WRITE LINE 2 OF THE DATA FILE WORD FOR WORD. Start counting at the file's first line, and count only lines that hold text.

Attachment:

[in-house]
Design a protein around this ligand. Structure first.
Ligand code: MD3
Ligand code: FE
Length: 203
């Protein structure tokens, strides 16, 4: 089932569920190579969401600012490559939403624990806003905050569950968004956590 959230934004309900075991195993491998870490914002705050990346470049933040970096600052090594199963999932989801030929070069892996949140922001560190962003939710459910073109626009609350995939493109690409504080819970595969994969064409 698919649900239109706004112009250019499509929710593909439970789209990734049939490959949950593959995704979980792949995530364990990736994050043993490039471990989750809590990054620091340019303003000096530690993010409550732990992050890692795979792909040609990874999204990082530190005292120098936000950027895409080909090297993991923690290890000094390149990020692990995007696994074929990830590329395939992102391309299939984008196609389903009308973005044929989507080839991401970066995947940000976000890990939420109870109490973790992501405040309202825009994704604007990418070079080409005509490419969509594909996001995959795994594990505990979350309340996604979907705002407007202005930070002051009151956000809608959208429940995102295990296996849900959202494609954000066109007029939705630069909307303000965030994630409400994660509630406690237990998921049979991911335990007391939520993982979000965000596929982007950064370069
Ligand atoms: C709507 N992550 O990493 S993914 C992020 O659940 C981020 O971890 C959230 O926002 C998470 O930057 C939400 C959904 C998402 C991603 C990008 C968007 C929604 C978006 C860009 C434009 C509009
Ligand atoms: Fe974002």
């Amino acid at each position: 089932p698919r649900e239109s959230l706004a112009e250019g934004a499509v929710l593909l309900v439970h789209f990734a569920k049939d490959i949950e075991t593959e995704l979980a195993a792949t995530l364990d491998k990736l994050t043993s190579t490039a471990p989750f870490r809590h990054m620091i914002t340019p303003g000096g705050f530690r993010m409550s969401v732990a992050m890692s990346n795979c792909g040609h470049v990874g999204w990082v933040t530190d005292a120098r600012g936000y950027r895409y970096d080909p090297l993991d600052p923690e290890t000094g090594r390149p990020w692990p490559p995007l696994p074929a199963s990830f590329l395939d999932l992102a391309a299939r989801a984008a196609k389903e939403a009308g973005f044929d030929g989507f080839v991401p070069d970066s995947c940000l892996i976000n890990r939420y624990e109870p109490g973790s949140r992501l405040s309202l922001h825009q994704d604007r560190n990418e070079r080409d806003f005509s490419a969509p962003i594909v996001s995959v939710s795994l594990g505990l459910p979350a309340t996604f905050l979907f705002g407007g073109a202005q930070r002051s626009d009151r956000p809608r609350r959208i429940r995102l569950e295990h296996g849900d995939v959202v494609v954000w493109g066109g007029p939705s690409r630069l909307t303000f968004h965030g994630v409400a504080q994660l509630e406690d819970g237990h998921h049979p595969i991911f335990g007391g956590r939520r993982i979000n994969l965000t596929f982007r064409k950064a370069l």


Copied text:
Design a protein around this ligand. Structure first.